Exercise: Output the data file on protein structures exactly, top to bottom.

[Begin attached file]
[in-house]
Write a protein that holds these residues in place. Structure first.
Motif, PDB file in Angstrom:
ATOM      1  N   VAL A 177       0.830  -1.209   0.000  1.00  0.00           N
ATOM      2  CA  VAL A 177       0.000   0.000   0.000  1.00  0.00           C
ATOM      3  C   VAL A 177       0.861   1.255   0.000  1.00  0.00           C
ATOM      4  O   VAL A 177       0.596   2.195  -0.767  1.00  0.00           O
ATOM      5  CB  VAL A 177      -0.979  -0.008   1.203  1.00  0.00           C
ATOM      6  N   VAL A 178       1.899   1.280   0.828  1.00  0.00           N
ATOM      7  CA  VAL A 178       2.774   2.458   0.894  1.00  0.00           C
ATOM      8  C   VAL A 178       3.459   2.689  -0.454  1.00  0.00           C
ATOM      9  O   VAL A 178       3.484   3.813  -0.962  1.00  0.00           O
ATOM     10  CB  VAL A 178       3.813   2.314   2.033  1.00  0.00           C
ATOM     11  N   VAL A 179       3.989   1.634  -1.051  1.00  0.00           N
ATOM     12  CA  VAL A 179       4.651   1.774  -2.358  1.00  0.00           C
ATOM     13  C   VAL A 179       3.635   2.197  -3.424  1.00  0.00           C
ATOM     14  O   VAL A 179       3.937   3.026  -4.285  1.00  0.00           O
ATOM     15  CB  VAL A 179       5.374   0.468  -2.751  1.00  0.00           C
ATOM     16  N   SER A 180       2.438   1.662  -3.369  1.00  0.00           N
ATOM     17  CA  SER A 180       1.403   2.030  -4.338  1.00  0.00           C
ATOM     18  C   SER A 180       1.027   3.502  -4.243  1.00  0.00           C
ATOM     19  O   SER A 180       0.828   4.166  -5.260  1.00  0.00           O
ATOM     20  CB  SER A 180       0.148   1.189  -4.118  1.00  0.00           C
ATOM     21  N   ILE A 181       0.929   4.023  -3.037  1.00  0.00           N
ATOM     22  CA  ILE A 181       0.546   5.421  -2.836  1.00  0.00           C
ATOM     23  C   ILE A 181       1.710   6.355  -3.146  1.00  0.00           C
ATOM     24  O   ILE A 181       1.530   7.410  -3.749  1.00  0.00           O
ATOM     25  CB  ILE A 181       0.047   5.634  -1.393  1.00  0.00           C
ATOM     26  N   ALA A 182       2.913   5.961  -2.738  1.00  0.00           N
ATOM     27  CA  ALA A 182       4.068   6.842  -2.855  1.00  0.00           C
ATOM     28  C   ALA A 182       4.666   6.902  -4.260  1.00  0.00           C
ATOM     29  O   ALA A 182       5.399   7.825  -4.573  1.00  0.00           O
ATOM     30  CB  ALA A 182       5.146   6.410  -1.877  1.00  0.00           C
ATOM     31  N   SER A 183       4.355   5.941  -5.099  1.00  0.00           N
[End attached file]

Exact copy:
[in-house]
Write a protein that holds these residues in place. Structure first.
Motif, PDB file in Angstrom:
ATOM      1  N   VAL A 177       0.830  -1.209   0.000  1.00  0.00           N
ATOM      2  CA  VAL A 177       0.000   0.000   0.000  1.00  0.00           C
ATOM      3  C   VAL A 177       0.861   1.255   0.000  1.00  0.00           C
ATOM      4  O   VAL A 177       0.596   2.195  -0.767  1.00  0.00           O
ATOM      5  CB  VAL A 177      -0.979  -0.008   1.203  1.00  0.00           C
ATOM      6  N   VAL A 178       1.899   1.280   0.828  1.00  0.00           N
ATOM      7  CA  VAL A 178       2.774   2.458   0.894  1.00  0.00           C
ATOM      8  C   VAL A 178       3.459   2.689  -0.454  1.00  0.00           C
ATOM      9  O   VAL A 178       3.484   3.813  -0.962  1.00  0.00           O
ATOM     10  CB  VAL A 178       3.813   2.314   2.033  1.00  0.00           C
ATOM     11  N   VAL A 179       3.989   1.634  -1.051  1.00  0.00           N
ATOM     12  CA  VAL A 179       4.651   1.774  -2.358  1.00  0.00           C
ATOM     13  C   VAL A 179       3.635   2.197  -3.424  1.00  0.00           C
ATOM     14  O   VAL A 179       3.937   3.026  -4.285  1.00  0.00           O
ATOM     15  CB  VAL A 179       5.374   0.468  -2.751  1.00  0.00           C
ATOM     16  N   SER A 180       2.438   1.662  -3.369  1.00  0.00           N
ATOM     17  CA  SER A 180       1.403   2.030  -4.338  1.00  0.00           C
ATOM     18  C   SER A 180       1.027   3.502  -4.243  1.00  0.00           C
ATOM     19  O   SER A 180       0.828   4.166  -5.260  1.00  0.00           O
ATOM     20  CB  SER A 180       0.148   1.189  -4.118  1.00  0.00           C
ATOM     21  N   ILE A 181       0.929   4.023  -3.037  1.00  0.00           N
ATOM     22  CA  ILE A 181       0.546   5.421  -2.836  1.00  0.00           C
ATOM     23  C   ILE A 181       1.710   6.355  -3.146  1.00  0.00           C
ATOM     24  O   ILE A 181       1.530   7.410  -3.749  1.00  0.00           O
ATOM     25  CB  ILE A 181       0.047   5.634  -1.393  1.00  0.00           C
ATOM     26  N   ALA A 182       2.913   5.961  -2.738  1.00  0.00           N
ATOM     27  CA  ALA A 182       4.068   6.842  -2.855  1.00  0.00           C
ATOM     28  C   ALA A 182       4.666   6.902  -4.260  1.00  0.00           C
ATOM     29  O   ALA A 182       5.399   7.825  -4.573  1.00  0.00           O
ATOM     30  CB  ALA A 182       5.146   6.410  -1.877  1.00  0.00           C
ATOM     31  N   SER A 183       4.355   5.941  -5.099  1.00  0.00           N